Wednesday, May 8, 2013
Glow in the dark food?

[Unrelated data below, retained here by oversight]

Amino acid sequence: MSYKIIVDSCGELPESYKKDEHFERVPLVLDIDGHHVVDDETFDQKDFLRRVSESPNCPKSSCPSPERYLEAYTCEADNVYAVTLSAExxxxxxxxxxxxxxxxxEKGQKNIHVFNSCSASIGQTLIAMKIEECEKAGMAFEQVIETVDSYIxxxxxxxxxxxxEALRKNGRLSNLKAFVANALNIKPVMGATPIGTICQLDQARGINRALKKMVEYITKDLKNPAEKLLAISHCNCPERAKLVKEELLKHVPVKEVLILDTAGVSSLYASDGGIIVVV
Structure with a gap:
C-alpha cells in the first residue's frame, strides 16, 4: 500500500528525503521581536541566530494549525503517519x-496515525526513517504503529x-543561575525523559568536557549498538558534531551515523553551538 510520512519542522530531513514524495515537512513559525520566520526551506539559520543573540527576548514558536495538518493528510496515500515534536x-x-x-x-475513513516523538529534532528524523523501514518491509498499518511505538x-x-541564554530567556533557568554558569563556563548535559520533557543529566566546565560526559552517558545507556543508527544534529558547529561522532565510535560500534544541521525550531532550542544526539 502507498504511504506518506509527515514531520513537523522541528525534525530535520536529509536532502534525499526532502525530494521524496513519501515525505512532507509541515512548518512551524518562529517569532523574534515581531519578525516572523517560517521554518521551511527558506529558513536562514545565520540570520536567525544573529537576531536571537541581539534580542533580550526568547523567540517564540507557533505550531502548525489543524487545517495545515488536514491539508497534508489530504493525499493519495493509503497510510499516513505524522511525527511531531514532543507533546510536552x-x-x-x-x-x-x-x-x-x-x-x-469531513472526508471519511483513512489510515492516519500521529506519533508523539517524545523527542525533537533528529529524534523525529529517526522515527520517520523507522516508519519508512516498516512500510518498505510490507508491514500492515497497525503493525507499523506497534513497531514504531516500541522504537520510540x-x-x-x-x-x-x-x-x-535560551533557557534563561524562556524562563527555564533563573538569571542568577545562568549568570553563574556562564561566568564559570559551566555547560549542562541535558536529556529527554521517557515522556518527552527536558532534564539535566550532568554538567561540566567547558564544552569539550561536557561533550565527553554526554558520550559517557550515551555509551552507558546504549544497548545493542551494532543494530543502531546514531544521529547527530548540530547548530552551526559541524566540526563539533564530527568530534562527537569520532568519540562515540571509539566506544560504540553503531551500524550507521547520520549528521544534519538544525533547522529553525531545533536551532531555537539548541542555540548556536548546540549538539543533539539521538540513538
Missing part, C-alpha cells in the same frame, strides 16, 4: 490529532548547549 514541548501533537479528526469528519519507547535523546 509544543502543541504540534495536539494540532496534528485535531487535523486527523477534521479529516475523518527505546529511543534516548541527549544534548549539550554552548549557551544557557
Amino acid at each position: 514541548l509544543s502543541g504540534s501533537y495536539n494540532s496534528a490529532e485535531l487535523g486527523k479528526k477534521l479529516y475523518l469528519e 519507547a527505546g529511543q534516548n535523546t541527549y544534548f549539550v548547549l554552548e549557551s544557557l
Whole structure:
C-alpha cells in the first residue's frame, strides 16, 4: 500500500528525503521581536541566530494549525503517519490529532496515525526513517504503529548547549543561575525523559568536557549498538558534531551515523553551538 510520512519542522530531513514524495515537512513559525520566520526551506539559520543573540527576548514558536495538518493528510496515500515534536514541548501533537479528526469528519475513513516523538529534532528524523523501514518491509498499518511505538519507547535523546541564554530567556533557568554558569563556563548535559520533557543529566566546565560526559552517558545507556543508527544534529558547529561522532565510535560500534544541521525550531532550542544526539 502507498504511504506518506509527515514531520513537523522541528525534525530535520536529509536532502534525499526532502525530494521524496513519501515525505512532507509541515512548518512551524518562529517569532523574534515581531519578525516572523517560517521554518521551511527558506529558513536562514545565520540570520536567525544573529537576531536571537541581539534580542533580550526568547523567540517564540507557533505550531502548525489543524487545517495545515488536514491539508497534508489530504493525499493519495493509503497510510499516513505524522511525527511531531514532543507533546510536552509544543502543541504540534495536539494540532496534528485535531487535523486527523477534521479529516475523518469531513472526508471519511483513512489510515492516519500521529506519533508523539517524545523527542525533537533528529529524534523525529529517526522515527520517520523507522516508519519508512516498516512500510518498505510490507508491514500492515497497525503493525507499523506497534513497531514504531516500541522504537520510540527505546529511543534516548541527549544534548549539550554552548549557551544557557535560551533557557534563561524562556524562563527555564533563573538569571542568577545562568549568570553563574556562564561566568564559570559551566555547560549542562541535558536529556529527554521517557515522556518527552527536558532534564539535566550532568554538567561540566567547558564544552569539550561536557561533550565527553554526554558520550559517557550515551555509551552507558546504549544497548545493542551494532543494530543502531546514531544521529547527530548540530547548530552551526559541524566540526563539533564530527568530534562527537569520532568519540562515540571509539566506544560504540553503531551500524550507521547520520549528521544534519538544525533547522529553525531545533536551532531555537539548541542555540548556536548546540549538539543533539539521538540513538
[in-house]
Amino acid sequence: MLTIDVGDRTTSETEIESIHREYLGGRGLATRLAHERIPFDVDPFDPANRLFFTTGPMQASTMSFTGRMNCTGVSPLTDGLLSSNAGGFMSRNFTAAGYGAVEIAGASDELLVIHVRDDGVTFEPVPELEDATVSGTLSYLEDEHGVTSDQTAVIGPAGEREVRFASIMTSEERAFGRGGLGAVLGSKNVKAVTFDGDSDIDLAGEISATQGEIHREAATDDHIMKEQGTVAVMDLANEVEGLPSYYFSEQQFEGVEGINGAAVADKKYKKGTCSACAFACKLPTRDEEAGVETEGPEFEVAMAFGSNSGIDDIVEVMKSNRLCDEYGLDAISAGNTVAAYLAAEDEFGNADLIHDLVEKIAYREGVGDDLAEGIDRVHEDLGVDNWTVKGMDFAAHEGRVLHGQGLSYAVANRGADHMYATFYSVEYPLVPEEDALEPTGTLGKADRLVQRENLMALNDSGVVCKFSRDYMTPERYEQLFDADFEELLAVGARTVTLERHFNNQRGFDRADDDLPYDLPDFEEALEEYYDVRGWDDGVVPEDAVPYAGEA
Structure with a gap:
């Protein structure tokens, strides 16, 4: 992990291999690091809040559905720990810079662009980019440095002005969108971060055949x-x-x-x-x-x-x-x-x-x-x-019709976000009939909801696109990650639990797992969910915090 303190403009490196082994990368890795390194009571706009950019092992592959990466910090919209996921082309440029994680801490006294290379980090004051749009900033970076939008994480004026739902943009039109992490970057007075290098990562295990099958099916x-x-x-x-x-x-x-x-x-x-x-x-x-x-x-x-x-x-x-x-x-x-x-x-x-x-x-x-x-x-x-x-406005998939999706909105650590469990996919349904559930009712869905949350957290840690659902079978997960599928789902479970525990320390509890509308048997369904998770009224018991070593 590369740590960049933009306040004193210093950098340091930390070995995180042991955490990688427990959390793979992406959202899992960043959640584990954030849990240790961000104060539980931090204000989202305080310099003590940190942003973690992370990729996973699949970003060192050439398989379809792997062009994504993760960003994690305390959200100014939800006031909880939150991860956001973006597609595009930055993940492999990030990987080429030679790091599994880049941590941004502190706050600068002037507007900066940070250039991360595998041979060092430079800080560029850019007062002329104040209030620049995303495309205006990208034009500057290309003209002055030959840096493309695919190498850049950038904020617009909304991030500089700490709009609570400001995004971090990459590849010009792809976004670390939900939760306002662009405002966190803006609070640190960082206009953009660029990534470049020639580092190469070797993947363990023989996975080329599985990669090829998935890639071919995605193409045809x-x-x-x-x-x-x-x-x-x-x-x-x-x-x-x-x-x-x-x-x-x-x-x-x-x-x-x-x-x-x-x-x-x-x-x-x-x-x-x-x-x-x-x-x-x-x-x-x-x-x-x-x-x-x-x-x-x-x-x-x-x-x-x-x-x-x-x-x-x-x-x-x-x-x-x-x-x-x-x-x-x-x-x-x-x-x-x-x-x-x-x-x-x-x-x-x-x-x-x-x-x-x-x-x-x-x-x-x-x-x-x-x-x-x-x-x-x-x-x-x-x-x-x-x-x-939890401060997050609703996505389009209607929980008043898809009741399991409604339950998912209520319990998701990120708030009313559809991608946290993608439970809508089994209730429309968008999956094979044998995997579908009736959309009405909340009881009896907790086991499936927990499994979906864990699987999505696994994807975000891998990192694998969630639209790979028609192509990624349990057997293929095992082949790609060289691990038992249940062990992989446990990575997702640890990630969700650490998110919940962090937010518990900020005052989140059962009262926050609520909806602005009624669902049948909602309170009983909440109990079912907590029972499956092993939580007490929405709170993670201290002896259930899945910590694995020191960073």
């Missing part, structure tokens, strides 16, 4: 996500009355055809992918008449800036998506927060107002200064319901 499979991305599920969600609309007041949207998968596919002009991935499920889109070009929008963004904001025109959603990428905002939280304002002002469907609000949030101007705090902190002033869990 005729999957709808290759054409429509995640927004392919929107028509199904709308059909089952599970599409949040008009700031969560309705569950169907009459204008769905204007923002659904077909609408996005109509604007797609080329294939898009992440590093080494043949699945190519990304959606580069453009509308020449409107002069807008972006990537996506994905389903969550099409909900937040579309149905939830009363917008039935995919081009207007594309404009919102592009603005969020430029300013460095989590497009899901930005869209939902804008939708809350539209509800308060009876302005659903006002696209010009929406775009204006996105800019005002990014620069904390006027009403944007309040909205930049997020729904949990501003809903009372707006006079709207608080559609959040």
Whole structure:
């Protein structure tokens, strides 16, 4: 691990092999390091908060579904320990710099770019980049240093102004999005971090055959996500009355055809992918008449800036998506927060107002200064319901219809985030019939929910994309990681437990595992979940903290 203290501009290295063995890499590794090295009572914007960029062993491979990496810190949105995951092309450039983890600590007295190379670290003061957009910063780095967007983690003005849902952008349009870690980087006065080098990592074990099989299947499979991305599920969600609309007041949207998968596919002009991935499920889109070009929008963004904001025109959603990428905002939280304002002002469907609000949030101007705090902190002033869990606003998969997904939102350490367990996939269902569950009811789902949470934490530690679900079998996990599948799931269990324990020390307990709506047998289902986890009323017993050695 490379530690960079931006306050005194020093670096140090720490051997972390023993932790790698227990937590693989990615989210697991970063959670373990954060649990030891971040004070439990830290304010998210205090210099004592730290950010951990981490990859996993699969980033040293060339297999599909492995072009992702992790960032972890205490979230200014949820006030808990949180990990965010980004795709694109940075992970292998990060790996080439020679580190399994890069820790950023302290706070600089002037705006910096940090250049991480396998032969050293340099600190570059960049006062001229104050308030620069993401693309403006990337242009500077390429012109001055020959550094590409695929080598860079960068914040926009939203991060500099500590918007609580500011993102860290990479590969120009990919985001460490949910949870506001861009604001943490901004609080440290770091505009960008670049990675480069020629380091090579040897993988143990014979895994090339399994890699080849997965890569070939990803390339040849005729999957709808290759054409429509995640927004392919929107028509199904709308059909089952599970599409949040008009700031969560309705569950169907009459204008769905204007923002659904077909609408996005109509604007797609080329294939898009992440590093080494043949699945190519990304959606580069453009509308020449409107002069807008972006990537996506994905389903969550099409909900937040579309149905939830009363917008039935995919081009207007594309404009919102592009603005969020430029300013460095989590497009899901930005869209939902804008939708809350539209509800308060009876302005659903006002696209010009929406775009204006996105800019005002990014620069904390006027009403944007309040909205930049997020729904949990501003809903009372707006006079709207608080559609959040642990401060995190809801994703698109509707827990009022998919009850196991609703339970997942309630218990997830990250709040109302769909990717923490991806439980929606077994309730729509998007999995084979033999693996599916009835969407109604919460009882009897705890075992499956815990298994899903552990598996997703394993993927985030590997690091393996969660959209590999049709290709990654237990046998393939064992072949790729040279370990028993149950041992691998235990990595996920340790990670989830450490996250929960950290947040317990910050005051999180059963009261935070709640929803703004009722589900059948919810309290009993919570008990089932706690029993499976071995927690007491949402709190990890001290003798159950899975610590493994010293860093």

From the heartland, Margot McMillen writes: A week ago, one of my students told me how easy it is to separate the bit of glow-in-the-dark DNA from a jellyfish. They had done it in her undergraduate biology class. When it came to the next step, inserting it into a frog (or something) the procedure was a little trickier, and the wise biology teacher hadn't gone that far. But it could probably be done, she told me, in an ordinary school lab. But now the news from Singularity University that they have, indeed, created glow-in-the-dark plants, a genre without regulation, and they're offering them to people for a small fee. As a food farmer, I hope none of my neighbors jump on the offer. On my farm, we have never planted a genetically modified seed and we never will. It's bad enough that we might have weeds blowing in from a neighbor's place that resist herbicides or kill pests. These genes have been inserted intentionally to crops, but now spread to weeds, thanks to the weeds' clever evasion of continual dousings of poisons from the industrial farms. Glow-in-the-dark biology can find a market--from wal-mart shoppers without a brain between them, looking for something fun to take the birthday boy, to cities looking for new ways to light their streets. But we obviously would need regulation. Nobody wants glow-in-the-dark tomatoes or kale. NO way, says Singularity University, this non-gift should be available to the world. Now, other groups are trying to find ways to raise money to fight the threat, but I can't see how that will work. With a technique so easy that it can begin in an undergraduate bio lab, the possibilities are endless.